Copperheads are a species of venomous snake in North America, a member of the Crotalinae (pit viper) subfamily. Five subspecies are currently recognized. They get their name from the unique copper hue present on the scales of their heads.
Copperheads grow to an average length of 20–37 inches (including tail). They have unmarked copper-colored heads, reddish-brown coppery bodies and chestnut brown crossbands that constrict towards their midline. Their thick bodies feature keeled scales. Males are usually larger than females, though females grow to greater lengths. Their bodies are relatively stout and their heads are broad and distinct from their necks. Their snouts slope down and back, with the top of their heads extending further forward than the mouth.
Copperheads live in the United States in the states of Alabama, Arkansas, Connecticut, Delaware, Florida, Georgia, Illinois, Indiana, Iowa, Kansas, Kentucky, Louisiana, Ohio, Oklahoma, Maryland, Massachusetts, Mississippi, Missouri, Nebraska, New Jersey, New York, North Carolina, Pennsylvania, South Carolina, Tennessee, Texas, Virginia and West Virginia. In Mexico, copperheads are found in Chihuahua and Coahuila.
Copperheads occupy a variety of different habitats. In most of North America they favor deciduous forest and mixed woodlands. They are often found in rock outcroppings and ledges, and also in low-lying swampy regions.
Copperheads feed on small rodents, large insects, mice, small birds, frogs and lizards. They are generally ambush predators, waiting for prey to arrive. When hunting insects, however, copperheads actively pursue their prey. Some copperheads will climb trees to hunt insects. Young copperheads use their brightly colored tails to attract frogs and lizards.
Copperheads inject animals with venom to subdue the prey, to make it easier to swallow it. Using heat-sensitive pits, they detect animals that are warmer than their environment. Using this ability, they are also able to find nocturnal animals. Smaller prey are usually held in their mouths until they die. Larger animals are released and then tracked after the venom takes affect.
Copperheads in the southern United States are nocturnal during hot summer months, while active during the day during the spring and fall.
Copperheads are social animals. They hibernate in communal dens with other copperheads and other species of snakes. They usually return to the same den each year. They sun, eat and drink together. They also migrate together in the late spring to summer feeding territories, then return together in early fall.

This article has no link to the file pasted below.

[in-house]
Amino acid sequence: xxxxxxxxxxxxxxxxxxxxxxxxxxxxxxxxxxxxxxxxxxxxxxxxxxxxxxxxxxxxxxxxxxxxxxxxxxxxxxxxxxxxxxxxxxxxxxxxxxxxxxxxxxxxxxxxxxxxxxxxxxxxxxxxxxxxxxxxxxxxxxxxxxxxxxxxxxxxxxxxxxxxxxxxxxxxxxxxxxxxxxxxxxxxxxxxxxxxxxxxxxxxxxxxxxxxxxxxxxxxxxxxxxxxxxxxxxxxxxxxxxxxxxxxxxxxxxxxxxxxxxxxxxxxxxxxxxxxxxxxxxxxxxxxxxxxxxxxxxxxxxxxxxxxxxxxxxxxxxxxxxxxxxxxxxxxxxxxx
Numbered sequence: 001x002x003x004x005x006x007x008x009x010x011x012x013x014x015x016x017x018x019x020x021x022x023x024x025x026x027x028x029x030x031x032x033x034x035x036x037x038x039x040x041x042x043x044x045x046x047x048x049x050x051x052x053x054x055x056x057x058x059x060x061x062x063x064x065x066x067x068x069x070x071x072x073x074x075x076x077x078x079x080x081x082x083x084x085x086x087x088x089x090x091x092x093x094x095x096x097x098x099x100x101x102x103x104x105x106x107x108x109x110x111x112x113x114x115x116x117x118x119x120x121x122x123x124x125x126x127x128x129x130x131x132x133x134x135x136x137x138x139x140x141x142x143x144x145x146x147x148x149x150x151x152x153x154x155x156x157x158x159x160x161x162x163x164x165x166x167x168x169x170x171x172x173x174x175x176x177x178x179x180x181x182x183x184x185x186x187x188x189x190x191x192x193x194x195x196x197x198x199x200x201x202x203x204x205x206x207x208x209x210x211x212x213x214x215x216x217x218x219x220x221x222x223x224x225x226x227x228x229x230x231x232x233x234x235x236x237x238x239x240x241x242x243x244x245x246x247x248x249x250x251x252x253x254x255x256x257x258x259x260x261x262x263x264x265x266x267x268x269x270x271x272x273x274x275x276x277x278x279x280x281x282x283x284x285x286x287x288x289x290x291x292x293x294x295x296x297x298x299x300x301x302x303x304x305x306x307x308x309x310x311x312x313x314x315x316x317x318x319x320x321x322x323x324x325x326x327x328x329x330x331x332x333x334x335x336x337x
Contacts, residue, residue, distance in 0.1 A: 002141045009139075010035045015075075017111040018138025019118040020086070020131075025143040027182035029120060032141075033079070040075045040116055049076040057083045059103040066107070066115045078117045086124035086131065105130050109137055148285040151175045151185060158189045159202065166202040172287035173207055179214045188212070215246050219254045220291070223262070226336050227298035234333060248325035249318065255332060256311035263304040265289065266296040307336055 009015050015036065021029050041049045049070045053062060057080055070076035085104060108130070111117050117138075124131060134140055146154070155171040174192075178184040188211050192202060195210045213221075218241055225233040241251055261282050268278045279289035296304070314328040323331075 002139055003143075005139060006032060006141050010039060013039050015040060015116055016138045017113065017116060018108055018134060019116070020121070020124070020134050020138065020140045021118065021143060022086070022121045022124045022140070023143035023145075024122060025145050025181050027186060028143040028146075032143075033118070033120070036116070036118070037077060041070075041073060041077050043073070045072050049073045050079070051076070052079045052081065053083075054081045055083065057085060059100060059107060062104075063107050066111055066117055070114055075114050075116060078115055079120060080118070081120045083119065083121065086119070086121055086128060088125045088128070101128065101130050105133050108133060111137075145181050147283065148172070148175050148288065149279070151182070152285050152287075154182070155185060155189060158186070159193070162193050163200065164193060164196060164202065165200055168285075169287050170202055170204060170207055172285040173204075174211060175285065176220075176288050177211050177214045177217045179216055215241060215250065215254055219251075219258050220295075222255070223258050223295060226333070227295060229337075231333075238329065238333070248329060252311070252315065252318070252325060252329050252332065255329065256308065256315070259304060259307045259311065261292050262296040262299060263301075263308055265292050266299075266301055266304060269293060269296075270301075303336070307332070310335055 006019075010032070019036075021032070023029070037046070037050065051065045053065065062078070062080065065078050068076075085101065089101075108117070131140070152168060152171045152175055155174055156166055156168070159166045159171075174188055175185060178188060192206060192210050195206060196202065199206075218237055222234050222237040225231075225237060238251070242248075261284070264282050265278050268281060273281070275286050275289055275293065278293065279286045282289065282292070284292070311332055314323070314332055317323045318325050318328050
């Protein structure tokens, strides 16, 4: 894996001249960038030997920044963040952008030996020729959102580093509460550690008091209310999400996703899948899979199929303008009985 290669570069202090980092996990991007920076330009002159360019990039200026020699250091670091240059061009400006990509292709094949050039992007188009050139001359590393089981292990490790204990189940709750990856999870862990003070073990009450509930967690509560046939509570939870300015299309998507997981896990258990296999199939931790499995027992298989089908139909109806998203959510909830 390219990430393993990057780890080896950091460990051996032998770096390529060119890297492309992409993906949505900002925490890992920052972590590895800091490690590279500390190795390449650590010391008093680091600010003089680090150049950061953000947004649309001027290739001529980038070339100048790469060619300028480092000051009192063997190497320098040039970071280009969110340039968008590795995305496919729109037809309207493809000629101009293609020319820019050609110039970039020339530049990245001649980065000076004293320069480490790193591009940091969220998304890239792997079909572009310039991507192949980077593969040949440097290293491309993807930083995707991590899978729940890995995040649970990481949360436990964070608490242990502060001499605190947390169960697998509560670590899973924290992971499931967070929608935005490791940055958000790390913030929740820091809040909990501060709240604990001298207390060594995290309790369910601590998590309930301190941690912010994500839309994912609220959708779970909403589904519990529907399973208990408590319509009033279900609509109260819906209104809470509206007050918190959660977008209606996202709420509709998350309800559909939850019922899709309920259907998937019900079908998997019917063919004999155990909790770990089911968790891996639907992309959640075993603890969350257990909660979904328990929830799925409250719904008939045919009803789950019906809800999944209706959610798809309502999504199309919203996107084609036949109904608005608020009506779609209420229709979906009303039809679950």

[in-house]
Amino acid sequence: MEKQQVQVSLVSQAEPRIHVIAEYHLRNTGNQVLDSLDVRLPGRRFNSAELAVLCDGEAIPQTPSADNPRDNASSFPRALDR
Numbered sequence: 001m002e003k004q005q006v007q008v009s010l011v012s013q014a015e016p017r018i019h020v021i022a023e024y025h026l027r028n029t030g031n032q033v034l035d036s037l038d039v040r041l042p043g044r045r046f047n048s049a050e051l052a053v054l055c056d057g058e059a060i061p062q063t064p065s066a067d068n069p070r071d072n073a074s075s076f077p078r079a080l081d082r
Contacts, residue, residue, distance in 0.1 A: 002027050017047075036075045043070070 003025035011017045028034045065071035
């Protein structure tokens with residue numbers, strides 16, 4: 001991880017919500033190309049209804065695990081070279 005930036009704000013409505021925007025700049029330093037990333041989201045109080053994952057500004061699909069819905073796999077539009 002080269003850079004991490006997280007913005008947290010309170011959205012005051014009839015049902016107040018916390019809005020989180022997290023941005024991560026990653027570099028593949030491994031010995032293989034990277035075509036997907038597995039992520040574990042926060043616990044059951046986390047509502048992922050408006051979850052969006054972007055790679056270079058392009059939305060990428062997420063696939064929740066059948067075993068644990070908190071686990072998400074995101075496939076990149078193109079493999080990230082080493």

During the spring and fall mating seasons, males seek females using their tongues to detect pheromones in the air. They then move their heads or rub their chins on the ground. Males may engage in combat by elevating their bodies, swaying side to side, hooking necks, and intertwining their entire bodies. Courtship may last over an hour, with the male and female bodies aligned. Mating can last over 8 hours. Other males then pay little attention to a female who has mated, as their partner emits a pheromone that makes the female unattractive to others. Females may store the sperm until they are ready to begin the gestation period which lasts three to nine months.
Copperheads do not always breed every year. Females may give birth for several years in a row, then not breed for several years. Copperheads give birth to live babies, from 1 to 20, each of which is about 7.9 inches in length. Copperhead babies look similar to their parents, but are lighter in color and have a yellow-mark on the tip of their tails. Copperhead parents provide no direct care for their babies.
During the winter copperheads hibernate in dens, in limestone crevices, often together with Timber Rattlesnakes and Black Rat Snakes.
Copperheads attempt to avoid humans, but unlike other viperids they will often "freeze" instead of slithering away. As a result, many bites occur from people unknowingly stepping on or near them. They usually will give a warning bite and inject only a small amount of venom, or none at all.
Copperheads live up to 18 years.
THREATS TO COPPERHEADS
Humans are the main predators of copperheads, clearing land for their own use while destroying the natural habitats of copperheads. Humans also hunt and kill copperheads out of fear, or for amusement. Copperheads are also victims of the unethical “pet” trade, sold as “exotic animals”. They are inhumanely kept in captivity for the amusement of humans. These wild animals are deprived of their natural lifestyle, confined to small enclosures, and endure stress and health ailments from their unnatural living conditions.